Management functions in operations


Organizational coordination and control is taking a systematic approach to figuring out if actions are being implemented as per planning or actions taken and plans are worked out. It’s the planning after decisions are taken to implement with which the management is concerned. Major approaches to organizational control and coordination by the management is discussed below:

Quality Control and Operations Management:

The concept of quality control has received a great deal of attention over the past twenty years. Many people recognize phrases such as “do it right the first time, “zero defects”, “Total Quality Management”, etc. Quality includes specifying a performance standard, monitoring and measuring results, comparing the results to the standard and then making adjusts as necessary. Recently, the concept of quality management has expanded to include organization-wide programs, such as Total Quality Management, ISO9000. Operations management includes the overall activities involved in developing, producing and distributing products and services.

Management “Control” any adverse reaction?

More “organic” forms or organizations allow organizations to be more responsive and adaptable in today’s rapidly changing world. These forms also cultivate empowerment among employees, much more than the hierarchical, rigidly structured organizations of the past.

Many people assert that as the nature of organizations have changed, so must the nature of management control. Some people go so far as to claim that management shouldn’t exercise any form of control whatsoever. They claim that management should exist to support employee’s efforts to be fully productive members of organizations and communities. Therefore, any form of control is completely counterproductive to management and employees.
People even react strongly against the phrase “management control”. It can sound dominating, coercive and heavy handed. It seems that writers of management literature now prefer use of the term “coordinating” rather than “controlling”.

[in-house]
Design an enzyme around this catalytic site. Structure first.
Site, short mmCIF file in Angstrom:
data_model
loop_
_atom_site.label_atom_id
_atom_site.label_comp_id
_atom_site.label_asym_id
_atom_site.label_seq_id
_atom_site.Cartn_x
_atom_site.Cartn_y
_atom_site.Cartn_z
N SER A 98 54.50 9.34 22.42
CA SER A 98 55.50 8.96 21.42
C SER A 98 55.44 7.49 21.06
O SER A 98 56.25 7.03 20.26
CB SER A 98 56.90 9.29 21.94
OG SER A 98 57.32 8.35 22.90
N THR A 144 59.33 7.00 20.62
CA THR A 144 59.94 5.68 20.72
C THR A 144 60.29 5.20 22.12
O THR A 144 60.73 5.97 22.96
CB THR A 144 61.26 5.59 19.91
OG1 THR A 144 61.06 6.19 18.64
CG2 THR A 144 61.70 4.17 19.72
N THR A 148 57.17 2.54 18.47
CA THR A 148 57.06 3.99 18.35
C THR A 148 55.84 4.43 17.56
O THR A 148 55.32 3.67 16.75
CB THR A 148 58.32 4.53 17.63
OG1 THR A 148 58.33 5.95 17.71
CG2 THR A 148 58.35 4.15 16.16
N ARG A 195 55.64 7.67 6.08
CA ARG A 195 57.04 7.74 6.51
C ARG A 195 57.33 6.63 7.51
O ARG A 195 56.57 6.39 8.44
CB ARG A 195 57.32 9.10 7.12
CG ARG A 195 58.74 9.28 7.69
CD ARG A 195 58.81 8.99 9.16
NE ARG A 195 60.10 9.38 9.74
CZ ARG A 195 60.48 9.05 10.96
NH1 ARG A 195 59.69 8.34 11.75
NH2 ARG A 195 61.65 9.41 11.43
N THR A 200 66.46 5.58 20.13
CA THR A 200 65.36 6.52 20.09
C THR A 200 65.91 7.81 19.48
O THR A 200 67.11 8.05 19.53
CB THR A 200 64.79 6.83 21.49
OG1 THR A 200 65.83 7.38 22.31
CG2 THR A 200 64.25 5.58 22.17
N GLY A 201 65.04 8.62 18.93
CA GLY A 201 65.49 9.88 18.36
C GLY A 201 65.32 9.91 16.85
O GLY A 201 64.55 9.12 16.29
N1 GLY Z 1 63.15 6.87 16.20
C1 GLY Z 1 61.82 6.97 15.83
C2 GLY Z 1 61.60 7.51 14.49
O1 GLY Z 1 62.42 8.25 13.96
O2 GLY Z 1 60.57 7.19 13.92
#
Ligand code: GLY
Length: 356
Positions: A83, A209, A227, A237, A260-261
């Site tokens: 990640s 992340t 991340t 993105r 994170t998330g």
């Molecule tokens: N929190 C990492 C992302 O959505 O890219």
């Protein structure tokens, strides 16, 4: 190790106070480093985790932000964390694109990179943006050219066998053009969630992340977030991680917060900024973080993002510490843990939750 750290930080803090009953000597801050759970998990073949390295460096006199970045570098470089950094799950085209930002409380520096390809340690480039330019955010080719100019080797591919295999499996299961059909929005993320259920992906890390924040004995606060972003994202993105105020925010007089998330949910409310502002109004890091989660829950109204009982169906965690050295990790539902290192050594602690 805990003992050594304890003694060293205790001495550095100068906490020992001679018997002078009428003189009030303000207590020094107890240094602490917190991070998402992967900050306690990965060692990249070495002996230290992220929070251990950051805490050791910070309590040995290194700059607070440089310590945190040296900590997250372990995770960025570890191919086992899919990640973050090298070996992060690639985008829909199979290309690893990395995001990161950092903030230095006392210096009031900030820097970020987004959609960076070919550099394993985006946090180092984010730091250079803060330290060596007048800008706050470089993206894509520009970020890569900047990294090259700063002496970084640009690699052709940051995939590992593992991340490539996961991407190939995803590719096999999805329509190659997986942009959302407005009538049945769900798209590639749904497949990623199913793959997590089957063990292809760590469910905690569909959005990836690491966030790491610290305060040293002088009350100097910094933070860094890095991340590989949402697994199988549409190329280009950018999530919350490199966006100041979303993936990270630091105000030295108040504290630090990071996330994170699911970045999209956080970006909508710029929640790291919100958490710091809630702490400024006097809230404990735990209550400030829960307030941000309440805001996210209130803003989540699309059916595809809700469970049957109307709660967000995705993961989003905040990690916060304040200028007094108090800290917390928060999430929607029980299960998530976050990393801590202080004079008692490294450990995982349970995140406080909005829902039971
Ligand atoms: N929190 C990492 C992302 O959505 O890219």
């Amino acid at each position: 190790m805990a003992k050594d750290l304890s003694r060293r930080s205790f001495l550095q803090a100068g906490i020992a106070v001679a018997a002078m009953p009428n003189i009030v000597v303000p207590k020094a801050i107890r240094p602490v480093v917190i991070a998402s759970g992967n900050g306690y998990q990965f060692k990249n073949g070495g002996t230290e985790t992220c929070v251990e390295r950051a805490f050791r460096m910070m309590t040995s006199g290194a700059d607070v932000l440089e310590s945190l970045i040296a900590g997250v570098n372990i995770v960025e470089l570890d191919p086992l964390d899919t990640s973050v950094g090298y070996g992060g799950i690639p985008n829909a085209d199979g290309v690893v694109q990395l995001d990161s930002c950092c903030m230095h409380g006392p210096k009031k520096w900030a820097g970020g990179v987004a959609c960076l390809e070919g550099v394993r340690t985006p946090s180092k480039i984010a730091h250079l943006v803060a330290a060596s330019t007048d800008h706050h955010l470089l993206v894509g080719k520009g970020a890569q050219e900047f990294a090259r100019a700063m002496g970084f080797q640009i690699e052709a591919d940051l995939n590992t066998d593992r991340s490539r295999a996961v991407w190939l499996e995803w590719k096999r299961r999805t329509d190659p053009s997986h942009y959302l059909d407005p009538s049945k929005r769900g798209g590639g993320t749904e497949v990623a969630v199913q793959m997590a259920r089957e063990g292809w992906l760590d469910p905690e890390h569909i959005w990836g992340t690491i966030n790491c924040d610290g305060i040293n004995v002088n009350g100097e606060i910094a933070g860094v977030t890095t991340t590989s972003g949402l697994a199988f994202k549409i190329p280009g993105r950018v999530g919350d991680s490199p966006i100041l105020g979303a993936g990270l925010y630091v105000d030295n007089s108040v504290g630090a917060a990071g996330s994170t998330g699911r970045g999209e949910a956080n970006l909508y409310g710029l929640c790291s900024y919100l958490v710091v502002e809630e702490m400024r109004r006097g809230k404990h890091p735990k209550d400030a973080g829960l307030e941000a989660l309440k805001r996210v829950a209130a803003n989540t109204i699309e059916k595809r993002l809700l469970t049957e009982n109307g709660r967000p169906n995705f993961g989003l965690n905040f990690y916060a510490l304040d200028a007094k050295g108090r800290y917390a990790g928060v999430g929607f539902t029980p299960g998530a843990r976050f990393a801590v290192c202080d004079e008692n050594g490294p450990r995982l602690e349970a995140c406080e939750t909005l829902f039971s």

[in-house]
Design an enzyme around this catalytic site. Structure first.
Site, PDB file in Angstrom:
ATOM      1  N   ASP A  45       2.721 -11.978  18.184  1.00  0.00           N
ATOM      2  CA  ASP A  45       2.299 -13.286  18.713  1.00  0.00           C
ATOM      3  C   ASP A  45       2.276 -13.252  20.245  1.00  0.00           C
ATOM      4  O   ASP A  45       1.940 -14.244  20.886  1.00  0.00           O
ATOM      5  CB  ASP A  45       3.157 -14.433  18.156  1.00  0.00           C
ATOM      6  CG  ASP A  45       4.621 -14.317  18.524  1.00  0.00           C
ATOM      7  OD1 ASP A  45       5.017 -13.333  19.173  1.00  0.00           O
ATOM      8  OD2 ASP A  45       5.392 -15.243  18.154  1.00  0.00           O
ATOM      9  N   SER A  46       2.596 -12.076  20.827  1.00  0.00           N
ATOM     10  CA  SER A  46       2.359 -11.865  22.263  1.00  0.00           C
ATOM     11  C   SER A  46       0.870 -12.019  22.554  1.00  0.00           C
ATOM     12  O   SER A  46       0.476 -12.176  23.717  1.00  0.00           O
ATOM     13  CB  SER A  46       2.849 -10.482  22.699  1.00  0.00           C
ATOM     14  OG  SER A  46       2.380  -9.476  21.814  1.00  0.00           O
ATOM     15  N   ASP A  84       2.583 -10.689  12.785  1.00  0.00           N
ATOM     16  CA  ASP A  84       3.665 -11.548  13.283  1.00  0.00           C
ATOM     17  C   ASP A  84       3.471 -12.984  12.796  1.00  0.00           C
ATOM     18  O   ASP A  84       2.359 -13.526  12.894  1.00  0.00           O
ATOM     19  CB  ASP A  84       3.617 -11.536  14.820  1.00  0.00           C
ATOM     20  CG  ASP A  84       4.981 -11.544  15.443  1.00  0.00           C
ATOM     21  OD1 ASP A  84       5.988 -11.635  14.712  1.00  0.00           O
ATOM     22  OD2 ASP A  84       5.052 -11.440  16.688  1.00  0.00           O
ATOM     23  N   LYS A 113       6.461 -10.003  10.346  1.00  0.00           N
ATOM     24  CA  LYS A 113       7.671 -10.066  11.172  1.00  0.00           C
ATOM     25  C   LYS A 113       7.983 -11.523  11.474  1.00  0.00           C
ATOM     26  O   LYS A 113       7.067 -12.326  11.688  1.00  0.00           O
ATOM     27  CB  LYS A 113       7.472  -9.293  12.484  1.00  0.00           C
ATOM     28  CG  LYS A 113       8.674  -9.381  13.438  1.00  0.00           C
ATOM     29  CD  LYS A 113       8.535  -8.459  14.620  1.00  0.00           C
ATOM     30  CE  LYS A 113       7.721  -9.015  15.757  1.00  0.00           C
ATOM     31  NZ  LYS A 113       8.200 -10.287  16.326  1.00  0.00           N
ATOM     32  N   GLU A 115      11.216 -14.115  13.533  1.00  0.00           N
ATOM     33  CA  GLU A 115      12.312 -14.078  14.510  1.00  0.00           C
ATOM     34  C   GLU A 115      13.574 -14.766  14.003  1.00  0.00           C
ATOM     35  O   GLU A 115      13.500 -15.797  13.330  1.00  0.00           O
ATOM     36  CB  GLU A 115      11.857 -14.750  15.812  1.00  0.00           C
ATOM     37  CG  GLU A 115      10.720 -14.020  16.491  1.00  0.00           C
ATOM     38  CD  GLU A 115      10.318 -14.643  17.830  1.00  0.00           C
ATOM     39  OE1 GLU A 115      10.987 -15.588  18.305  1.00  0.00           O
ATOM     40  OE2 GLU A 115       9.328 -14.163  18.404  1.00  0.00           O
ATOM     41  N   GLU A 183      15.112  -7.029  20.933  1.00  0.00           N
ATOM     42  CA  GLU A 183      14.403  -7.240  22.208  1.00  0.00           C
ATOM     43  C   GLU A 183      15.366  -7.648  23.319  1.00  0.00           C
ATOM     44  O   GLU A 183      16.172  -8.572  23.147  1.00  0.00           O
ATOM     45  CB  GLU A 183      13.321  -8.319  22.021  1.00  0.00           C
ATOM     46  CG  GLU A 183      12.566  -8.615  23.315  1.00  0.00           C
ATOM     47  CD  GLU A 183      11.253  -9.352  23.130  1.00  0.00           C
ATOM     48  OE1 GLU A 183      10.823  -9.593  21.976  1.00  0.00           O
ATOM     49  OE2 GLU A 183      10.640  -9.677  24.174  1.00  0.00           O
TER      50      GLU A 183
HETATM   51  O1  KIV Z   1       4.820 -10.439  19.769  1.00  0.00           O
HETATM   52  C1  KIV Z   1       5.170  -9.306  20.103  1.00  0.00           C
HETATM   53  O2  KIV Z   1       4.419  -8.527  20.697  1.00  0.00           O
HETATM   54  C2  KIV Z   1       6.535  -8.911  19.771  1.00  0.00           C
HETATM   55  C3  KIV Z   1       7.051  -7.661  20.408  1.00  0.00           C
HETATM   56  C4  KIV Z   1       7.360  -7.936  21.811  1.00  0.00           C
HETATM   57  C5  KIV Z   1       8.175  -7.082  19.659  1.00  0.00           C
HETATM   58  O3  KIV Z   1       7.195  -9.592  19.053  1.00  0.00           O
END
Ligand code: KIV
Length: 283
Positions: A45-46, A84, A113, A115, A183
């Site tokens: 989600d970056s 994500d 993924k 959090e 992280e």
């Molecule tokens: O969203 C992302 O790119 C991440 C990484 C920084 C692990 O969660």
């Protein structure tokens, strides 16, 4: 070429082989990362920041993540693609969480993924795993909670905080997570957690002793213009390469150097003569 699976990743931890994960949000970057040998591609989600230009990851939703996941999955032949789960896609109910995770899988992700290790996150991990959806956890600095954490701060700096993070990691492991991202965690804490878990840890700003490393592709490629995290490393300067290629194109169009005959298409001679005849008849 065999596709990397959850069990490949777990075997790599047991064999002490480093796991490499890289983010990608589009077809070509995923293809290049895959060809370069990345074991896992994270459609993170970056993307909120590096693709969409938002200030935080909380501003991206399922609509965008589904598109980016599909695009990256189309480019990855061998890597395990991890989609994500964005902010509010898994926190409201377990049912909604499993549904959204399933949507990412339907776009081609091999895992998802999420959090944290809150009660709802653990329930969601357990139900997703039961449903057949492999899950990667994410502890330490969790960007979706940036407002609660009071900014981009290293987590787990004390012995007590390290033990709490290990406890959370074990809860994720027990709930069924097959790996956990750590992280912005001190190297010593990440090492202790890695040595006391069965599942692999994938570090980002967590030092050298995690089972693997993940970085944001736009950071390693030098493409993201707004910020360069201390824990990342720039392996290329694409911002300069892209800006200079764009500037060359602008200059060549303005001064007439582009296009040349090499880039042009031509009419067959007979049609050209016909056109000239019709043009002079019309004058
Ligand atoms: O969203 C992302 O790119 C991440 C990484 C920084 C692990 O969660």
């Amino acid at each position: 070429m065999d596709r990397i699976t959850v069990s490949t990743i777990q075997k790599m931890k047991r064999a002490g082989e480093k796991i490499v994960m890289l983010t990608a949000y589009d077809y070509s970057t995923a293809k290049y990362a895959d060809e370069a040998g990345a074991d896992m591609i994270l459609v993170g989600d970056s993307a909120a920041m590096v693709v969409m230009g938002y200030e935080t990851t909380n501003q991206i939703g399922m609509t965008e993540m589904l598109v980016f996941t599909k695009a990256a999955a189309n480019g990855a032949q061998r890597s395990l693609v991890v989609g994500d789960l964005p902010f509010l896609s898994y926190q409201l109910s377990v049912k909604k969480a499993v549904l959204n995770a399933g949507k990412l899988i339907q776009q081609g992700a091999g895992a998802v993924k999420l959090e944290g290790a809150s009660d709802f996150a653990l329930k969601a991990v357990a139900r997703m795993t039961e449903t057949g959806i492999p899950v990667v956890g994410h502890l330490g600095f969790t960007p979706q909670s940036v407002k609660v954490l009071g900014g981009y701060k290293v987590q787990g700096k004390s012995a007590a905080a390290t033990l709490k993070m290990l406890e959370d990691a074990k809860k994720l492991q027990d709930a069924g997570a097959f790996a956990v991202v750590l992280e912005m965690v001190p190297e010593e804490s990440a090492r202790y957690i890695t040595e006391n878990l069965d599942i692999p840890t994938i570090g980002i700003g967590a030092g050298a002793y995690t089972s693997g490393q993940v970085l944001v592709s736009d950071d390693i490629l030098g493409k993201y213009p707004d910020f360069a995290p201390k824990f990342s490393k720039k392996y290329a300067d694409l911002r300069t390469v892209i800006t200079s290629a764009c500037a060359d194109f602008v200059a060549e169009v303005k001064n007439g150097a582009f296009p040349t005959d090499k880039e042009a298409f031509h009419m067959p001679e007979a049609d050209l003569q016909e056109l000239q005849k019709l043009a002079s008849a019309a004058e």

No “Coordination” then no “Organizationâ€?:

Regardless of the negative connotation of the word “control”, it must exist or there is no organization at all. In its most basic form, an organization is two or more people working together to reach a goal. Whether an organization is highly bureaucratic or changing and self-organizing, the organization must exist for some reason, some purpose, some mission otherwise it is not an organization at all. The organization must have some goal. Identifying this goal requires some form of planning, informal or formal. Reaching the goal means identifying some strategies. These strategies are agreed upon by members of the organization through some form of communication. Then members set about to act in accordance with what they agreed to do. They may change their minds, fine. But they need to recognize and acknowledge that they’re changing their minds.

This form of ongoing communication to reach a goal, tracking activities toward the goal and then subsequent decisions about what to do is the essence of management coordination.